The cross arm, patibbulum, was often attached two to three feet below the top of the beam. The common cross in Jesus’ era was shaped like a “t” and we know this was the type Jesus was hung on, for they put a sign over His head in mockery. An upright post was usually fixed in the ground and the condemned man was forced to carry the cross arm to that spot. Pictures of Jesus carrying the whole cross may be inaccurate, for the cross beam alone weighed over 100 pounds. A flogged and dehydrated man would have been hard-pressed to have carried the weight of an entire cross the 650-yard journey from the Fortress Antonia to Calvary’s hill. Due to the weight of His cross, blood loss, shock and dehydration, Jesus falls. The rough beam gouges His already lacerated skin.
Why did Jesus’ life on earth end in such a shameful, violent death?
Consider the Son of God on the cross of Calvary, suspended between heaven and earth, suffering for your sins.
The crucifixion took place from 9 a.m. until 3 p.m. The period of darkness began about noon so Jesus was hanging in darkness for three hours (Matthew 27:45, Luke 23:44). It was almost as if the sun itself was ashamed to see the human race butchering their own Savior. Perhaps this darkness was to shroud Jesus’ agonies so that only the Father could see His suffering.
At the top of Calvary, the prisoners are stripped down to their loin cloths. The soldiers feel for a depression in the wrists. Large wrought-iron nails were driven through the small bones, causing the fingers to bend inward toward the palm. Although the two thieves probably struggled, I John 3:16 tells us, “He laid His life down.” The left foot was placed over the right and a single nail was driven through the metatarsal bones. But the victim was not stretched tightly. They knew each time the victim wanted to draw a breath, they must press against the nails to do so. The Romans had so perfected this hellish torture that they knew almost exactly how long a victim could survive by how much room for movement was left in their arms and legs.
As the arms tire, cramps sweep over the muscles, causing throbbing pain. Eventually, the victim becomes too weak to push upward any longer and the pectoral arm muscles and leg muscles become paralyzed. A man on a cross had to fight for every short breath. Air can be drawn in but not exhaled as carbon dioxide builds up in lungs. Only spasmodically could one stretch up to inhale. Every time Jesus spoke from the cross, He had to press against the nails to do so…to the delight of His enemies. His thirst would be almost unbearable.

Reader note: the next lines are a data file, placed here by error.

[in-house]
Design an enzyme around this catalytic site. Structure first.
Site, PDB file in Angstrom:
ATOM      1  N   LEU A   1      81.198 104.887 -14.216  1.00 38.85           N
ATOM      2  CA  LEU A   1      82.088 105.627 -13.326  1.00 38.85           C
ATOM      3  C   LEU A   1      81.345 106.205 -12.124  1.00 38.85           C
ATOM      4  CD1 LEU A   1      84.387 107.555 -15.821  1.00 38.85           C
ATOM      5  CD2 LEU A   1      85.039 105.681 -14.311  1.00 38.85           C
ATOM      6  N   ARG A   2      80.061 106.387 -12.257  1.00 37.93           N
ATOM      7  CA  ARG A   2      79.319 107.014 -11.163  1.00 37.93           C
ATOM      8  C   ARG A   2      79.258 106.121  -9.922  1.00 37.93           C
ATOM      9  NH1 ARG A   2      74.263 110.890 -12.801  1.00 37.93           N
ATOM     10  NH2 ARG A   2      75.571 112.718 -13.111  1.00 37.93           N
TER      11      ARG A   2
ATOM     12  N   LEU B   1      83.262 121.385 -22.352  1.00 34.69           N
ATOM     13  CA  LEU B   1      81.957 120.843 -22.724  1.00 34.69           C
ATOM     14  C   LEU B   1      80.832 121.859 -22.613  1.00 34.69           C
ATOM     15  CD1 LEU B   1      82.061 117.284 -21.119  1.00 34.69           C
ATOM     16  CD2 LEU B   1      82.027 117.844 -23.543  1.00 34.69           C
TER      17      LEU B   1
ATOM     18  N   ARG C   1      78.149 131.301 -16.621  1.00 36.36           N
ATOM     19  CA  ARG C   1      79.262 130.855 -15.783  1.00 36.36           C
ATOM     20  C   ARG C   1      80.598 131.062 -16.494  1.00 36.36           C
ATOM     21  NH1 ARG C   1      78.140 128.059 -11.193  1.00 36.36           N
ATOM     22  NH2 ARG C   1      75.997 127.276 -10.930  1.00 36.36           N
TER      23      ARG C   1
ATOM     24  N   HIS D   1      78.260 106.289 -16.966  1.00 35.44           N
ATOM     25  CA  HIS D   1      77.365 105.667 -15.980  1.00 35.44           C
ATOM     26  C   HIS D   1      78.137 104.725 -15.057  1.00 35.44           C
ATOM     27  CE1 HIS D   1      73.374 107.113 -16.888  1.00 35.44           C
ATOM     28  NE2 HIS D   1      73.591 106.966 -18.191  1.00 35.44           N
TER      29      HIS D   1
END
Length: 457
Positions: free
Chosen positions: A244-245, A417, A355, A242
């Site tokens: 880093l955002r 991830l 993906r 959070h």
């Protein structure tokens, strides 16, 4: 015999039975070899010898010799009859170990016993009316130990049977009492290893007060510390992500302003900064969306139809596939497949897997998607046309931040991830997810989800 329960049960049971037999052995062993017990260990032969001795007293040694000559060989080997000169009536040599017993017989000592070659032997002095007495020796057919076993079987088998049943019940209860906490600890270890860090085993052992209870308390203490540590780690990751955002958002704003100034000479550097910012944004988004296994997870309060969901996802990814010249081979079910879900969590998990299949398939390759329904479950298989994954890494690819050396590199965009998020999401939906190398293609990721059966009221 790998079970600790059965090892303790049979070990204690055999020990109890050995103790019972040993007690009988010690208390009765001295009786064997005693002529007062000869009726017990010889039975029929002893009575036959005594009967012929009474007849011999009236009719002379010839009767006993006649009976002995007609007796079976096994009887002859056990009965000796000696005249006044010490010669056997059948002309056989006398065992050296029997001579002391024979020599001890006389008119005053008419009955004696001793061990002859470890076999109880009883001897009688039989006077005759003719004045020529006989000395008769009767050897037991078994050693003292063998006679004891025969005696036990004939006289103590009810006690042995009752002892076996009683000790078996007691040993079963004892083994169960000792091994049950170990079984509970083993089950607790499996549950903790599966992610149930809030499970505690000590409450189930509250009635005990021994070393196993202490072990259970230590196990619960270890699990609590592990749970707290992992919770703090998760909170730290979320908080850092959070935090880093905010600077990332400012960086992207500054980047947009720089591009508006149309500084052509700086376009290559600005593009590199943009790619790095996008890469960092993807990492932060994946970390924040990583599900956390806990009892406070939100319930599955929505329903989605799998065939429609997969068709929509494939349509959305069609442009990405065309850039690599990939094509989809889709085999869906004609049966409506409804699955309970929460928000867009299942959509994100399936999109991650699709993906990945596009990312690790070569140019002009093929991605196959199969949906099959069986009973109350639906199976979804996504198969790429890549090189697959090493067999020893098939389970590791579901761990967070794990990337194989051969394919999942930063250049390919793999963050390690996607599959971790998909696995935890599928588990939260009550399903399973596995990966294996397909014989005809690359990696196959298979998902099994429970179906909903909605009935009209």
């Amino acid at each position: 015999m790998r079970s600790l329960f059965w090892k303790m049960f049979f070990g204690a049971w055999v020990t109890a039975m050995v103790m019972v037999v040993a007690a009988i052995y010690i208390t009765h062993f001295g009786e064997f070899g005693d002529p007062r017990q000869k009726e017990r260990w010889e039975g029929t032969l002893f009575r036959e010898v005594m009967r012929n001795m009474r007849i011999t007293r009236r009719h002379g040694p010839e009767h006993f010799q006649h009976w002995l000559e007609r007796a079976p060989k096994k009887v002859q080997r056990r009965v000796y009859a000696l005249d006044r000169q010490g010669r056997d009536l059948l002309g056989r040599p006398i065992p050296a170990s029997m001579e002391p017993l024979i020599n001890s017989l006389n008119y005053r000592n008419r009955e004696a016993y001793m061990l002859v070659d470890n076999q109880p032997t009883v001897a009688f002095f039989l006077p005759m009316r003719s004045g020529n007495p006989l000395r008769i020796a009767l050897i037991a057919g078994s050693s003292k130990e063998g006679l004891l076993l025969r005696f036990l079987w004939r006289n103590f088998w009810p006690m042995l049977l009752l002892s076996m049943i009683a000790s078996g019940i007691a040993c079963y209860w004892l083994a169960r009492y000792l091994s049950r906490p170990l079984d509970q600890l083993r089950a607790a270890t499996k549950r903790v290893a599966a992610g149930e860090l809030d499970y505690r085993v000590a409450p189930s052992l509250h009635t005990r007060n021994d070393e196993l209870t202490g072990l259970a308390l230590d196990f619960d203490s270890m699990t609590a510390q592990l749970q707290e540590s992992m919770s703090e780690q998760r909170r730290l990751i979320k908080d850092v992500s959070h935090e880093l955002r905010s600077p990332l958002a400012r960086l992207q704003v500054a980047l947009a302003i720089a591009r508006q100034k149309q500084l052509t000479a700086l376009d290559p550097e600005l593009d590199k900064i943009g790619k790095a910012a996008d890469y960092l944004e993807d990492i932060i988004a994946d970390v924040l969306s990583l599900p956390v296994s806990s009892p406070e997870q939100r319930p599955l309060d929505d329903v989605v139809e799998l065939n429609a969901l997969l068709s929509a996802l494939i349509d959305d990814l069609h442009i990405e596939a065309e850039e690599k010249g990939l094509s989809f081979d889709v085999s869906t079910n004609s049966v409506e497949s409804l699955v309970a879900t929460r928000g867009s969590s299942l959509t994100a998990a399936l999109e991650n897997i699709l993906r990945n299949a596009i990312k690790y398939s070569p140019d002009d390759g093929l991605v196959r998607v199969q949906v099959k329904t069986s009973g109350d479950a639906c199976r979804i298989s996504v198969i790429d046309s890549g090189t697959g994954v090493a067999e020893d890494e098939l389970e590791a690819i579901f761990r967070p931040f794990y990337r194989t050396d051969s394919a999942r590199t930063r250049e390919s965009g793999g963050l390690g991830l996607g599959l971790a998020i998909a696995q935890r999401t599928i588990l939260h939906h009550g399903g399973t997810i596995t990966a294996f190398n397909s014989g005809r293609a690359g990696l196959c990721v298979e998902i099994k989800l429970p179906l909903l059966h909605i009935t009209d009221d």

Jesus has horrible chest pains as His lungs fill with serum, mucus and water, compressing His heart as it struggles to pump thick heavy blood into the tissues (Psalm 22). He experiences cramps and asphyxiation and His raw back rubs on the rough beam. His tortured lungs fight for air. Accumulated carbon dioxide and lactic acid create intense muscular hyper-excitability, causing violent muscle spasms throughout the body. Each and every movement was painful. Every heartbeat would hurt due to the pressure in His chest. In one last effort, He pressed His precious feet against the nail and cried, “Father, into Thy hands I commend My spirit!” Although He could have called thousands of angels to rescue Him, He endured the cross for us so that we could be free from sin.
Normally, the legs of crucified victims were broken so they could no longer stretch up for breath. But when the soldiers examined Jesus (John 19:33), they found He was already dead. They did not break His legs, fulfilling the prophecy of Psalm 34:33. One of the soldiers thrust a spear up through His ribs, piercing the sac of water around His heart. The hour He died was the official hour of the start of the Jewish Passover: Friday at 3 p.m. The trumpets would be sounding from the temple area. Not far away, sacrificial lambs were being driven toward the temple. But the time for the end of all animal sacrifices had arrived.
Still today, billions of people around the globe try to atone for their own sins. If they would only view the crime scene on Calvary, they would find that the Son of God has paid the price for all who trust Him as Savior.
Consider the following formula as the only math you’ll ever need to know:
Plus three nails
Equals for given.
If you do not know Jesus personally today, ask Him right now to come into your heart and forgive you for all of your sins. He will.